142nd APHA Annual Meeting and Exposition

Annual Meeting Recordings are now available for purchase

300109
Community Building Community: The distinct benefits of community partners building other communities' capacity to conduct health research

142nd APHA Annual Meeting and Exposition (November 15 - November 19, 2014): http://www.apha.org/events-and-meetings/annual
Tuesday, November 18, 2014

Jerome Turner, MS , Boys Girls Adult Community Development Center, Marvell, AR
Johnny Smith , Shiloh Baptist Church, Pine Bluff, AR
Keneshia Bryant, PhD, RN, APN , College of Nursing & College of Public Health, University of Arkansas for Medical Studies, Little Rock, AR
TIffany Haynes, PhD , University of Arkansas for Medical Sciences, Little Rock, AR
Dennis Kuo, MD , College of Medicine, University of Arkansas for Medical Sciences, Little Rock, AR
M. Kate Stewart, MD, MPH , Office of Community-Based Public Health, University of Arkansas for Medical Sciences Fay W. Boozman College of Public Health, Little Rock, AR
Kimberly Harris, PhD , University of Arkansas for Medical Sciences, Little Rock, AR
Stephanie Williams, MPH , University of Arkansas for Medical Sciences, Little Rock, AR
Stephanie Williams, MPH , University of Arkansas for Medical Sciences, Little Rock, AR
Anna Huff, MPH , Mid Delta Community Consoritium, West Helena, AR
J. Sullivan, MD, MSPH , Department of Psychiatry and Behavioral Sciences, University of Arkansas for Medical Sciences, Translational Research Institute, Little Rock, AR
Karen Yeary, PhD , Health Behavior and Health Education Department, University of Arkansas for Medical Sciences, Little Rock, AR
OBJECTIVES: Academic partners typically build community capacity for research. We describe the benefits of a model where communities share their “best practices” for the purpose of building capacity in health research.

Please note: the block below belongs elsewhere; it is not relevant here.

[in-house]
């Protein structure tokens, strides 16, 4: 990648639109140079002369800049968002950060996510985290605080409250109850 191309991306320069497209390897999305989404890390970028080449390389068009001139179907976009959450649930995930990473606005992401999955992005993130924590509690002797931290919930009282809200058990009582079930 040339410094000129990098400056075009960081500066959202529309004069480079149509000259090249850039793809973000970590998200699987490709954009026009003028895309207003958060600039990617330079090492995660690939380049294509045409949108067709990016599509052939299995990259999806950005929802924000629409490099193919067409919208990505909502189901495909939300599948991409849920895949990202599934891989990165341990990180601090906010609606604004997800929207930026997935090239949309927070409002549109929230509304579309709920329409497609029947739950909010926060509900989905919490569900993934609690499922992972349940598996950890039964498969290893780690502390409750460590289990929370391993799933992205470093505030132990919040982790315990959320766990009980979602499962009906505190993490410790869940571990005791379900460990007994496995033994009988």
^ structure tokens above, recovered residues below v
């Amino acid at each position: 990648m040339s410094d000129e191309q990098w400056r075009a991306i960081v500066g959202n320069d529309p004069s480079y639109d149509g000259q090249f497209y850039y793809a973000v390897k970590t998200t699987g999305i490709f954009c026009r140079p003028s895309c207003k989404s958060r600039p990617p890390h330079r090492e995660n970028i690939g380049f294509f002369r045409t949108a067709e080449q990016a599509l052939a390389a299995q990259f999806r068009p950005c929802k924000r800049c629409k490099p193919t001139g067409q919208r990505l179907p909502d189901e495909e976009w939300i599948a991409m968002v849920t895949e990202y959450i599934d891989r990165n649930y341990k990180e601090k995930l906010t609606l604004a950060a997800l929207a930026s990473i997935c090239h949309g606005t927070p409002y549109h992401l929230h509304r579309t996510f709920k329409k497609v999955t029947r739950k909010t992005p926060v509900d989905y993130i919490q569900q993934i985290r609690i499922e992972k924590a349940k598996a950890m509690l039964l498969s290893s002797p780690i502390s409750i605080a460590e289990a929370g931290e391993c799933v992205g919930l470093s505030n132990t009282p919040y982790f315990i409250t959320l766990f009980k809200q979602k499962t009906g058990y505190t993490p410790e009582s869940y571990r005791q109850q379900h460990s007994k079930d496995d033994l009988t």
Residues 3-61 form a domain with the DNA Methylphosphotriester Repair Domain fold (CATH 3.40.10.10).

METHODS: In the context of a grant designed to engage African American faith communities to address health disparities (FAITH in the Delta), two counties exchanged their “best practices” to conduct a collective health assessment. One county trained the other to create a county-wide faith-based network focused on promoting health, whereby the other county trained the other in the administration of a community-based health assessment tool. Both counties then worked together to systematically gather health assessment data in 26 churches (n=448) in their respective counties.  

RESULTS: There were numerous strengths in engaging communities to build each other’s capacity to conduct research. Communities were more receptive to capacity building efforts because of the other community’s ability to truly identify with them (i.e. understand the plight of their people); express genuineness (i.e. in contrast to academics, the community would still be there if there was no research project); convey legitimacy (i.e. communities are not expected to talk about health research, so when communities speak, communities listen); and provide insider knowledge on how to overcome challenges specific to working with communities. Communities building communities also served as a model of being and action (“they are like us”), resulted in the engagement of key community gatekeepers, and built fiscal capacity.  

CONCLUSIONS: Engaging communities with each other is a valuable model to build research capacity.

Learning Areas:

Public health or related research
Systems thinking models (conceptual and theoretical models), applications related to public health

Learning Objectives:
Describe the benefits of communities building community capacity to conduct health research Describe the distinct strengths community partners offer in building community capacity (distinct from academic partners) Describe the model through which communities can build each otherís capacity

Keyword(s): Community-Based Research (CBPR), Community-Based Partnership & Collaboration

Presenting author's disclosure statement:

Qualified on the content I am responsible for because: I have conducted community-based participatory research for over 15 years.
Any relevant financial relationships? No

I agree to comply with the American Public Health Association Conflict of Interest and Commercial Support Guidelines, and to disclose to the participants any off-label or experimental uses of a commercial product or service discussed in my presentation.